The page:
Throughout junior high and high school, I was in band (flute) and I had bought myself a recorder for those times when I wanted to mix it up at home.  I never really wanted for pianos, they were always just around, and so I didn’t mind too much that the parents had sold ours.  I bought a guitar after quitting band, which I never learned to play, but still moved from apartment to apartment as it slowly became warped from improper storage.

Finally I realized a couple years ago, that I no longer know how to read music at all.  Even though I can look at a piano, find C position and still play the song from my very first recital, if someone were to ask me if I could play piano, I’d be forced to say no.  I never thought you could forget how to read music–it seemed as impossible as forgetting how to read words, but I guess if I didn’t read daily, maybe that would fade away too.  Also, as someone who has always secretly yearned to be a musician, you can see why this is problematic.  Sure, plenty of rock stars don’t know how to read music, but they do know how to play an instrument other than the flute (which I’m not sure I could still play and certainly don’t want to find out).  Lacking both of these skills is a huge setback, and I intend to rectify it.

I borrowed a few basic piano books from a friend, certain that once I got in front of a keyboard, all the knowledge would come flooding back.  Turns out, not so much.  I mean I can still play that recital song, but lacking a basic music chart, I’m left guessing which notes are which, and nothing I’ve produced so far sounds good at all.  Also, I take umbrage with the fact that Alfred’s Basic Piano insists on inserting a ton of unfamiliar songs.  If I was  attempting to play songs that I was already familiar with, I could learn the notes that way.  Instead, I’m flying completely blind.  Damn you, Alfred!

So, in my quest for hobbies, I’ve basically unearthed an old one, but I’m not down about it because this is going to leave me with a huge sense of accomplishment, and tangible results– for free.  Plus, it might make me smarter.  Remember all those Save the Music, Music=Brainpower commercials?  I could always use more brainpower.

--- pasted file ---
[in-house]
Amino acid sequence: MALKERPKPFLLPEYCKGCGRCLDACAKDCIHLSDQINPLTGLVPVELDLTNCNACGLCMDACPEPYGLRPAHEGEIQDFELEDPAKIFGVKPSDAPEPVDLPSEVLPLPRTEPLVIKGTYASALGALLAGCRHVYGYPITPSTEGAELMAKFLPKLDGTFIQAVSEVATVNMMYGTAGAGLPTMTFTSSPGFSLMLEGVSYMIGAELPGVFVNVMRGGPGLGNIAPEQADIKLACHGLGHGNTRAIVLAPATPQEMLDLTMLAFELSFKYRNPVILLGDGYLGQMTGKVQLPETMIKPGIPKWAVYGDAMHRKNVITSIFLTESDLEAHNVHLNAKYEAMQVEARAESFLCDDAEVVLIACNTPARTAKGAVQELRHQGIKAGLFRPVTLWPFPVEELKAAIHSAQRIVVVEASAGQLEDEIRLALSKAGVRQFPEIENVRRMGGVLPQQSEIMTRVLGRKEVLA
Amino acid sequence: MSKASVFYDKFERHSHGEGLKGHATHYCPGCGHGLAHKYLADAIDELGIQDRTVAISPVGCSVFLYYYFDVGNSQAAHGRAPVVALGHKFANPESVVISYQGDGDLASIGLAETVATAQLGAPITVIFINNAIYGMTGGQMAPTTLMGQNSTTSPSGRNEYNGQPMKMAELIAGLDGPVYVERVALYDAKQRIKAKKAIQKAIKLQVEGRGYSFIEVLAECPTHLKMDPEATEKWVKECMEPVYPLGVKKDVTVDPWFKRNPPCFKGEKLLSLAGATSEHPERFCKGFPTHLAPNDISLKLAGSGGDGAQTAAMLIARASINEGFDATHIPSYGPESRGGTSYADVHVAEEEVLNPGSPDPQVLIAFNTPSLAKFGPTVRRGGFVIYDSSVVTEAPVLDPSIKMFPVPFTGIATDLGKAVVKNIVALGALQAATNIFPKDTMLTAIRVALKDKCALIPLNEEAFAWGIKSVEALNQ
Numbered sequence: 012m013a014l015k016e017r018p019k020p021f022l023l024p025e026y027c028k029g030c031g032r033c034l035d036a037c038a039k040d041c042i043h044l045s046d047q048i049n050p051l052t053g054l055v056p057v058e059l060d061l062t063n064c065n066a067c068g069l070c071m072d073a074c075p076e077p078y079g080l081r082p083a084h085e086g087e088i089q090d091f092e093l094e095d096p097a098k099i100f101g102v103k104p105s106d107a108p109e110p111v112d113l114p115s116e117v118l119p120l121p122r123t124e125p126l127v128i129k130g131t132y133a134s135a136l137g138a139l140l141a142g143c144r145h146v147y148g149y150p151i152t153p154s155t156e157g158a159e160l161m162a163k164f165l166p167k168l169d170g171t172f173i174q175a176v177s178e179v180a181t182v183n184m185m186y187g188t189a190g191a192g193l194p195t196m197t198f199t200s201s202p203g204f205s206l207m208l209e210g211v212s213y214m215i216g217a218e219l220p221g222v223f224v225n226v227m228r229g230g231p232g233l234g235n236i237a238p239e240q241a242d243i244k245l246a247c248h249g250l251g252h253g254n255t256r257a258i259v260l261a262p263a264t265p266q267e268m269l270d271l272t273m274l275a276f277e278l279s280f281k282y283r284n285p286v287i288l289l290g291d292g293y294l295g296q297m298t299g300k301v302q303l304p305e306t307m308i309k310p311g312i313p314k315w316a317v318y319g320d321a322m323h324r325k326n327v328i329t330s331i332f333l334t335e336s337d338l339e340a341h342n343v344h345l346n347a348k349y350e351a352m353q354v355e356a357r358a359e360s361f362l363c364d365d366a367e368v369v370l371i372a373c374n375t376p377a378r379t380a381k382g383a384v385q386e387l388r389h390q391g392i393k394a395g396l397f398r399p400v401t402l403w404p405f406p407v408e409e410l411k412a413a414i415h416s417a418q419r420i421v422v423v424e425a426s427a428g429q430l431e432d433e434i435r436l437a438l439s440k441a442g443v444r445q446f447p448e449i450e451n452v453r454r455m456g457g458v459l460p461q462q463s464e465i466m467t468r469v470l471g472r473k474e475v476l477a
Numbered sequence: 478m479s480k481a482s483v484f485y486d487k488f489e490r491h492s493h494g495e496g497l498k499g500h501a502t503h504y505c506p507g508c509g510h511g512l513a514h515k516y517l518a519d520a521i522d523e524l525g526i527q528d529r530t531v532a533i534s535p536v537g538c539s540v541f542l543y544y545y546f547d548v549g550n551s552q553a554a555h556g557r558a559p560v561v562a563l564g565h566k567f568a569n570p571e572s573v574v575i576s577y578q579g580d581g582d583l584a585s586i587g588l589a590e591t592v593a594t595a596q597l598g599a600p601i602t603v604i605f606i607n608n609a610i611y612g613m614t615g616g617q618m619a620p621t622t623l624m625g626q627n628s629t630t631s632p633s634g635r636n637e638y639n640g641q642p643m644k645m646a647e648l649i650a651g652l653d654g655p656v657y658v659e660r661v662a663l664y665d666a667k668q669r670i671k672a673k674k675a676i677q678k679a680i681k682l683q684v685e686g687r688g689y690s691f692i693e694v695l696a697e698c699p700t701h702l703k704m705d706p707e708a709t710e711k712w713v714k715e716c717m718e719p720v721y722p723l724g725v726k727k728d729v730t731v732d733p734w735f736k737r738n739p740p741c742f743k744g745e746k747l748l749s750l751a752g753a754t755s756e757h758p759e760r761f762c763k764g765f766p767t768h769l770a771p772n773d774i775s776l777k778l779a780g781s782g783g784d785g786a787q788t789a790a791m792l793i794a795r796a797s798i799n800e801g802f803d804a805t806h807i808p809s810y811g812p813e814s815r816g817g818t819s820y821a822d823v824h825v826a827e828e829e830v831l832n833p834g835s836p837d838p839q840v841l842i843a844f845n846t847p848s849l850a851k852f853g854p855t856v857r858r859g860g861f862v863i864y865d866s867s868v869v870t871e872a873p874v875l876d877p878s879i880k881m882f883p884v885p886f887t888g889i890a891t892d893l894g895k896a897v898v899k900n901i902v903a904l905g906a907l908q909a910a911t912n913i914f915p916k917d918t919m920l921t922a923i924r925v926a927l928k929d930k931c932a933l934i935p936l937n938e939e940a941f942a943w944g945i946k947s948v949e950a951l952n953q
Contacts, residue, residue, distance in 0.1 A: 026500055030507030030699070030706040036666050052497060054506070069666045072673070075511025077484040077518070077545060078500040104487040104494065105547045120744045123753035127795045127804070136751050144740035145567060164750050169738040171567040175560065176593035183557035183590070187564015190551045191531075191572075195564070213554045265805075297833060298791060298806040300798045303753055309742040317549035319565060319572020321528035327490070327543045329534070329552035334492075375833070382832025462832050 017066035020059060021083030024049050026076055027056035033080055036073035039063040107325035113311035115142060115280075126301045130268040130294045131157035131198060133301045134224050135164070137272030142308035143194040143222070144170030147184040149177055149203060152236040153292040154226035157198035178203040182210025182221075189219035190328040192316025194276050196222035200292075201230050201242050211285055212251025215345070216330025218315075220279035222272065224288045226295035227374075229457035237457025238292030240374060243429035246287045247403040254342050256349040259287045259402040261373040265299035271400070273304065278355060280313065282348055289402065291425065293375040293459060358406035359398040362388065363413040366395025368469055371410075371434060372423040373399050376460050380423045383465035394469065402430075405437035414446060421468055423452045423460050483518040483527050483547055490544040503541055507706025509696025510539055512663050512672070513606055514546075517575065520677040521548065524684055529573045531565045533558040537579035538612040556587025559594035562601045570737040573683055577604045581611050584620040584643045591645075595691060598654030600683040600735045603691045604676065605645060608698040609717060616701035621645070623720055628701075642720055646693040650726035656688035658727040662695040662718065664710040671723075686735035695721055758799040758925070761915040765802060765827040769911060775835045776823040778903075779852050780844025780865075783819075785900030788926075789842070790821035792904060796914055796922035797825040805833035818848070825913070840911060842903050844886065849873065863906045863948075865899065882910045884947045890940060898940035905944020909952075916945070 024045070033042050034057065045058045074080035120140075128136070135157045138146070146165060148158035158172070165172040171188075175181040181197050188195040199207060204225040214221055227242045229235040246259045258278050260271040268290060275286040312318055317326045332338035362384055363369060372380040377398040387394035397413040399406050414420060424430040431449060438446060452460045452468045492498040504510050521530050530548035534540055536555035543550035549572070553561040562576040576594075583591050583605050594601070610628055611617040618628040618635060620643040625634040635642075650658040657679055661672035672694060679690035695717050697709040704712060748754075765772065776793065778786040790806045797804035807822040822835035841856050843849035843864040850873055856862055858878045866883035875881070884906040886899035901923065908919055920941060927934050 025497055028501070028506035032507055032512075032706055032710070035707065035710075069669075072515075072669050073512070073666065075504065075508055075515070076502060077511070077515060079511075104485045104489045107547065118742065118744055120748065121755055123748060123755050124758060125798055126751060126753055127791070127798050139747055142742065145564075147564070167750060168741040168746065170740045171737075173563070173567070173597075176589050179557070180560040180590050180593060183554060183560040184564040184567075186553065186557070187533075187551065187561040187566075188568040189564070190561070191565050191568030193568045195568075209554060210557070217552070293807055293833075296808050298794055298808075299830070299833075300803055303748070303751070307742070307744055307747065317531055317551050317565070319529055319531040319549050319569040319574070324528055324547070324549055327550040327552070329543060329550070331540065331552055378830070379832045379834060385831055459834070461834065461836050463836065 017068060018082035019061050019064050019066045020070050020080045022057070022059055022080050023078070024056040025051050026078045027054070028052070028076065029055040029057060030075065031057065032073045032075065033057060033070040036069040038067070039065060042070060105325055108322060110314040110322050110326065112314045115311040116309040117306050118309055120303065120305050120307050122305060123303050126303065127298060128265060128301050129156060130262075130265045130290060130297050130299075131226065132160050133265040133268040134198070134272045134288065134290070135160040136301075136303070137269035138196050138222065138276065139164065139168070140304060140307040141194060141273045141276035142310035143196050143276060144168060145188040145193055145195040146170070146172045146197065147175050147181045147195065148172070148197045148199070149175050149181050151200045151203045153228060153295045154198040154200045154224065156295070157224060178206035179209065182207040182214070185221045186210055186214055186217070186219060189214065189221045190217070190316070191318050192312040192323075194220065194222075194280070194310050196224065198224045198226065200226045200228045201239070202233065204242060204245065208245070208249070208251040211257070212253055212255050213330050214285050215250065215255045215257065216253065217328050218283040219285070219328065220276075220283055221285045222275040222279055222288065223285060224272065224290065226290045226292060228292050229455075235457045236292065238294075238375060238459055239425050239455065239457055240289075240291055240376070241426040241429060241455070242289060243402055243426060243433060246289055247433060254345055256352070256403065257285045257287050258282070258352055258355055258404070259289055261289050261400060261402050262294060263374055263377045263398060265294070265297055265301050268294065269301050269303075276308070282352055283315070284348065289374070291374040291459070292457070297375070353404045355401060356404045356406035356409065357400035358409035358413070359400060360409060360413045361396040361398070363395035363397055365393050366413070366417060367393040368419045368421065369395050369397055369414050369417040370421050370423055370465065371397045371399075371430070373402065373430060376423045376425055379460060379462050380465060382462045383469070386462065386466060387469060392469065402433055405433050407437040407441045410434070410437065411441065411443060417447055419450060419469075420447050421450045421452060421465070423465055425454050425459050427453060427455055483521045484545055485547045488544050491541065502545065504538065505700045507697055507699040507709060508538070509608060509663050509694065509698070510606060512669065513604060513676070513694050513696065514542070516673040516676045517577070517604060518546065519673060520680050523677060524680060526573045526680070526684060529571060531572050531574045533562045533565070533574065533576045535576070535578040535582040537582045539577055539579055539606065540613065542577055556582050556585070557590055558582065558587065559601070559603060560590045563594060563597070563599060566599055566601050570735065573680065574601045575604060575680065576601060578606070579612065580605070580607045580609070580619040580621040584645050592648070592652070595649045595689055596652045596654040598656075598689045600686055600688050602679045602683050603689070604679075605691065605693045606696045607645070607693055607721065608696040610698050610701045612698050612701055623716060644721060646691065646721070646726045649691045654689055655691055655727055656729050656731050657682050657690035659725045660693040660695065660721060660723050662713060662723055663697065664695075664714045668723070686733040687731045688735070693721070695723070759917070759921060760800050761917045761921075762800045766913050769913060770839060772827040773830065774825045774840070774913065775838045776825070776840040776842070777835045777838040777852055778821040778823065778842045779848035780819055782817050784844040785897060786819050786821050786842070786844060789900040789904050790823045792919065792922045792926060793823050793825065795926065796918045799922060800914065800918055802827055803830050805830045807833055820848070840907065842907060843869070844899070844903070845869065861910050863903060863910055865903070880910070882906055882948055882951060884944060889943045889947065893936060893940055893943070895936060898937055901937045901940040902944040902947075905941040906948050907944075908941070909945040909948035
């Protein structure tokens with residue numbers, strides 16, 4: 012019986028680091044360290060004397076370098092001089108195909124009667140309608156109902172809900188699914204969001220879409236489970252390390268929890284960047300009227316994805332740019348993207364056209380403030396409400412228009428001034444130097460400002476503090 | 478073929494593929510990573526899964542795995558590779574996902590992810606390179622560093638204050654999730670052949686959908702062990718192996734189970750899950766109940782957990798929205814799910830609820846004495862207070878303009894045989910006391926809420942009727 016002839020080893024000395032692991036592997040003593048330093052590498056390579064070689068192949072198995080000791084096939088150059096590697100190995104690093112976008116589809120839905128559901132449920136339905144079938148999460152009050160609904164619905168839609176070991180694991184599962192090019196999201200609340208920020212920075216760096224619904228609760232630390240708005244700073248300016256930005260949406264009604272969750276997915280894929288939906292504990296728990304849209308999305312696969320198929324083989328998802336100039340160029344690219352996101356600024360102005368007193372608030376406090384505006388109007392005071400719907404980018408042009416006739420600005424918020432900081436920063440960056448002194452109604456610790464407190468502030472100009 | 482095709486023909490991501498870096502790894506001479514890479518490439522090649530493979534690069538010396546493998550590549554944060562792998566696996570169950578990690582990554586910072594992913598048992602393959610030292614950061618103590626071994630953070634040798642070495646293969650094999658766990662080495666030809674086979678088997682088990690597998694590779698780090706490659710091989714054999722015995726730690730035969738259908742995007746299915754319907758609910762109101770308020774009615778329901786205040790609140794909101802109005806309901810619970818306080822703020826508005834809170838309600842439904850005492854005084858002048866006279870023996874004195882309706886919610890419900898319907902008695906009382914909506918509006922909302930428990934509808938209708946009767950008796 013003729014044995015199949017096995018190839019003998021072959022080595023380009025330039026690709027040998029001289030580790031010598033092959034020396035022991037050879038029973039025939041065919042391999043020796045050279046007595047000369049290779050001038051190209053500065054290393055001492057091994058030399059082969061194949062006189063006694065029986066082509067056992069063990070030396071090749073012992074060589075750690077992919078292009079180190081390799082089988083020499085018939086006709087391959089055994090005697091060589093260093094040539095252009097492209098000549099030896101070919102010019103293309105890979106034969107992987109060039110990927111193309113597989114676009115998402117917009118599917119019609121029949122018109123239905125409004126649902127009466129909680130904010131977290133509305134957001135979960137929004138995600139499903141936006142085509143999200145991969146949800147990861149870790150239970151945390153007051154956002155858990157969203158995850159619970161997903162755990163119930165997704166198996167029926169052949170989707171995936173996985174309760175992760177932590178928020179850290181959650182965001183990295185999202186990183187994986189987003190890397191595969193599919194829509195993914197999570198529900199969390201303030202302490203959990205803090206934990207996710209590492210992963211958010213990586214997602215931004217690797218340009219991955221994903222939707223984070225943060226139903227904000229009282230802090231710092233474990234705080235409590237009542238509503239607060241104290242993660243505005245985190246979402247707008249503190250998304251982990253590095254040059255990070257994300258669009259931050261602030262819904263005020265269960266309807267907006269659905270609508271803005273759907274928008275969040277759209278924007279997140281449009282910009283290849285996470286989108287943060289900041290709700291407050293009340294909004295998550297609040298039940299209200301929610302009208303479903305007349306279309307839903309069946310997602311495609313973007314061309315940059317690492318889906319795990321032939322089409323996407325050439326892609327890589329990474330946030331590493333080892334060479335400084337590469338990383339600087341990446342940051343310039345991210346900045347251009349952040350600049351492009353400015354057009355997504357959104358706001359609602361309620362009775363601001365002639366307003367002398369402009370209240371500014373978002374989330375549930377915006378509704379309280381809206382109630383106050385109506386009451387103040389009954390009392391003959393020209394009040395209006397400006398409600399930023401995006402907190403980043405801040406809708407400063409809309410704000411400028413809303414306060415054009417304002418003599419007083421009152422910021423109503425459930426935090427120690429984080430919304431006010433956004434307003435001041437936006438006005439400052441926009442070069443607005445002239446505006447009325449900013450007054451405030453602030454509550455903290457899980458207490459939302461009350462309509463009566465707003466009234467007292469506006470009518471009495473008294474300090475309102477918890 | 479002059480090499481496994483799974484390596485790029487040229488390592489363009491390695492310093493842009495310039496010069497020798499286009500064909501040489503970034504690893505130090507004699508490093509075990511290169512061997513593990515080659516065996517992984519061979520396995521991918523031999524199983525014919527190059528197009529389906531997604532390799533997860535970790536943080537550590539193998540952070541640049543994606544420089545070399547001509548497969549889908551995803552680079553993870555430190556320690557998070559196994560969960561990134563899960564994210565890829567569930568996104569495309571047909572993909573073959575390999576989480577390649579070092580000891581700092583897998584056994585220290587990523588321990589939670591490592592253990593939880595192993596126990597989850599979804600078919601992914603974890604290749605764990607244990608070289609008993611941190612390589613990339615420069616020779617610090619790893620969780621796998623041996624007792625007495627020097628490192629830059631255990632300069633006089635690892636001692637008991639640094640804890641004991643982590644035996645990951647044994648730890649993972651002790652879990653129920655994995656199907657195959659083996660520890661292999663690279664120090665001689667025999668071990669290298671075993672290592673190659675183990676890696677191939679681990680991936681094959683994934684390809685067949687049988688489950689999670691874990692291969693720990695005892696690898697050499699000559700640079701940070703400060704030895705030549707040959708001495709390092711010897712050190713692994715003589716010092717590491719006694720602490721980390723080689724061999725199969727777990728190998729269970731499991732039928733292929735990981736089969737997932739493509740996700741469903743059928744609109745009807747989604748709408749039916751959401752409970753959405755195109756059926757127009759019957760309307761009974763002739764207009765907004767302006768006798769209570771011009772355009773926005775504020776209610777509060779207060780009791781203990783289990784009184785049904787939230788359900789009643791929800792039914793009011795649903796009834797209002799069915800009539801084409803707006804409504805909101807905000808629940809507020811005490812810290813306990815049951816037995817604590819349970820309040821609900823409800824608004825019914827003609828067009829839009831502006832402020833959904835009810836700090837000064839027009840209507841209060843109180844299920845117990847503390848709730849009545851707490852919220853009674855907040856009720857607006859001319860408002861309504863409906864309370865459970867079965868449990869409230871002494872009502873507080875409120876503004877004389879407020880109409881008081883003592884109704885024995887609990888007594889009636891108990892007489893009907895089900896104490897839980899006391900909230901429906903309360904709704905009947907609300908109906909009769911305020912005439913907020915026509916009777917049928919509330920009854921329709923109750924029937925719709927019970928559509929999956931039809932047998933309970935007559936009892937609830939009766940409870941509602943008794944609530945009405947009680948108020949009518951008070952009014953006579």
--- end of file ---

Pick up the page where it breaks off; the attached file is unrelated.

I’m a fan of facebook.  I’m not proud of the fact that I’ve been called an “active facebooker” by more than one person (though never to my face), but I find it a handy means of communication for a number of reasons:

  1. I hate talking on the phone.  I rarely call people because I feel like I’m bothering them and what I have to say just isn’t important enough half the time, and though I feel special when people call me, most of the time I’m doing something that I don’t want to stop doing.  Plus, most of the people I’m closest to don’t live anywhere near me, so I spend a lot of time on the phone just because of that.
  2. I’m a writer, not a talker.  See above.  I’m a fan of the email, the text, the chat (though that feels like the phone at times, and I avoid it a bit) etc.  I like thinking through what I’m going to say and organizing my thoughts.  I like commenting on other peoples’ thoughts without having to have a long, drawn-out conversation about it.
  3. I like a lot of people.  There are plenty of people who I genuinely like and like having in my life, but whom I would never call.  I used to get little dribs and drabs (what’s she up to these days?) from other people, but asking about other people all the time seems rude and a bit stalkerish.

Facebook solves all those problems, but creates a whole batch of new ones that plenty of other people have elaborated on, so I’m not going to.

Recently, facebook suggested I add a friend from Jr. High.  This is not shocking news, that’s all facebook seems to do these days.  Facebook was particularly aggressive in suggesting this person.  His face was always in my sidebar under “people you may know” and all my other friends from high school were connecting with him seemingly hourly. I barely know this guy. He was a classmate in 7th grade, and then went somewhere else to school, but I thought I’d see what was up.  I looked through his profile, remembered some things he had said that one year we went to school together that I didn’t care for (also recalled that I don’t think we’ve ever actually spoken to each other), and decided not to add him to my arsenal of friends.

As soon as I made the conscious decision to not friend this guy, another person posts on her page, “praying for the family of x.”  I did a little sleuthing, and it seems that the same day I rejected him, he died.

He was hit by a car while on a bicycle, and died a few hours later at the hospital.  I haven’t thought about this person for 15 years, then for two weeks I see his face every day, then he dies suddenly and tragically.  It was the most surreal turn of events possible, and now I almost feel like I should feel guilty that I’m not more upset.  Also, every time I search for another of my blogs in facebook, his regular profile, and memorial page show up second in the list.